Running from Rijeka on the Kvarner Gulf to Karasovići on the border with Montenegro, Croatia’s Jadranska Magistrala or Adriatic Highway offers one of Europe’s most unforgettable journeys. Whether weaving its way round deeply indented bays or skirting scree-covered mountains, there’s scarcely a single boring stretch in its 650 kilometre length. The Magistrala may frequently set your stomach a-churn with its endless twists and turns, but the views it offers are unforgettable, with the Adriatic’s famously stark islands parading in stately procession before your eyes.
Travelling along the Magistrala used to be a severe test of holiday-season nerves, with its columns of caravans, straggling towns with speed restrictions, and enough blind corners to make overtaking a near impossibility. With Croatia’s still-growing motorway network now taking the pressure off much of the route, however, it is re-discovering its reputation as one of Europe’s greatest coastal odysseys.
The secret of enjoying the Magistrala is knowing when and where to turn off it. Some of the best-kept secrets of Croatian tourism lie three kilometres to the south, or a 30-minute drive to the north. The following are just a few places at which you should consider breaking your journey – the Magistrala is not the kind of trip that should be done in a hurry.
One hundred and ten kilometres south of Rijeka a side road descends from the Magistrala to the port of Jablanac, starting point for the ferry to the island of Rab. Many people jump aboard ship here without realising that one of the highlights of the Adriatic lies a short walk around the headland. A deep inlet squeezed between walls of dazzling white rock, Zavratnica Cove possesses the kind of stop-you-in-your-tracks beauty that will remain in the memory forever.
The beaches at Nin
There are precious few sandy beaches along the Magistrala and certainly none that come with a handy parking spot. Consider therefore taking the quick detour to Nin, north of Zadar. A sandy spit curls round the northern end of this historic little town, and there’s also a long sandy beach to the west – neither of which are exactly swarming with bodies. Nin’s beaches offer an unrivalled panorama of the shore-hugging Velebit Mountains, which arguably look more majestic when viewed from the long perspective than they do from the Magistrala itself.
Nin tourist office Trg Brace Radića 3, Nin (023 265 247)
Roast lamb at Marin, Tisno
Roast lamb is at the heart of Adriatic culinary culture, although it’s in unpretentious roadside restaurants rather than chic city-centre eateries that you’re likely to experience roast lamb is at its best. One such place is Marin, right beside the Magistrala just opposite the turn-off for Murter Island. An idea of what’s on the menu is immediately visible in the car park, where a spit-skewered carcass or two can be seen revolving merrily above the flames of a log fire.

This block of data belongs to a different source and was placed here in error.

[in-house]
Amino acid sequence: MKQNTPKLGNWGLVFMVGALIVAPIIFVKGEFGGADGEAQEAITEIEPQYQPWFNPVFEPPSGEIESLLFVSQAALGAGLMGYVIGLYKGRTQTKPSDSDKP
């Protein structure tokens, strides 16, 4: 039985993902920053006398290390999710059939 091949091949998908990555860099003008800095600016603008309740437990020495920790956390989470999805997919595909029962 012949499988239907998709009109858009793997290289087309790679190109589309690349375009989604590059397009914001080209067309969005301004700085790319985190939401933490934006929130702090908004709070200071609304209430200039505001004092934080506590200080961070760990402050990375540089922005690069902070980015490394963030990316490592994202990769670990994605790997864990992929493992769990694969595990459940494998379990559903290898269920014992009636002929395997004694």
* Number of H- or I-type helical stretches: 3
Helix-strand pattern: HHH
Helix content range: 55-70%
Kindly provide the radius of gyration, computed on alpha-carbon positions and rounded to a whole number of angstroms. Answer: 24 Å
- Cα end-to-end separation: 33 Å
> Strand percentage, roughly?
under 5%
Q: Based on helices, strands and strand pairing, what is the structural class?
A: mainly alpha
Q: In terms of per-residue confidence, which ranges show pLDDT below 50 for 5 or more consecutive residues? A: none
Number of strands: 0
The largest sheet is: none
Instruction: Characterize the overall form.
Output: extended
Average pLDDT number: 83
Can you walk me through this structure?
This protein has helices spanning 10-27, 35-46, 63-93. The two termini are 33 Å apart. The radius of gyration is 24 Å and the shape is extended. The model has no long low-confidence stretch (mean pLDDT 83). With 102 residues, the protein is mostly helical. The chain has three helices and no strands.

Marin, Dubrava kod Tisna, Tisno (022 466 070)
Take a north-bound turn at Šibenik and you’ll soon end up at Skradin, inlet-hugging entrance point to the Krka National Park. Skradin is a lovely little town in its own right, with a yacht-crowded harbour and an impressive handful of regional-cuisine restaurants. Rest up at the Skradinski Buk hotel, an attractive small-town three-star offering neat and cosy doubles for 1,200kn.
Skradinski buk (022 771 771)
Frogs and eels in the Neretva Delta
One hundred kilometres south of Split the Magistrala bridges the Neretva Delta, a patchwork of orchards and irrigation channels that comes as something of a lush green shock after the unremitting aridity of southern Dalmatia. Rich in mandarins and other sunny fruit, the delta is also famous for the frogs and eels that hop and wriggle their way around the watercourses. Just three kilometres north of the Magistrala on the Metković road, the Villa Neretva restaurant serves up an especially fine Brudet od jegulja i žaba (eel and frog stew), a fiery paprika-rich concoction that will soon make you forget any squeamishness and dive right in.
Villa Neretva, Splitska 14, Krvavac (020 672 200)
South of the Dubrovnik Riviera the Magistrala heads inland towards the border crossing with Montenegro. For a true end-of-the-Croatian-coast experience you should detour south to Prevlaka, a stony stub of land jutting southwards into the (largely Montenegrin) Bay of Kotor. Formerly the site of a highly secretive Yugoslav Army base, it is now well on the way to becoming a tourist attraction. You can either hire a bike or travel with a golf-cart-style tourist train past derelict barracks, finishing up at the echoing stone barrel of an Austrian sea fort at the end of the peninsula. The scrub-covered landscape has a desolately eerie quality, and the views towards Montenegro are splendid.
Park Prevlaka (020 791 555)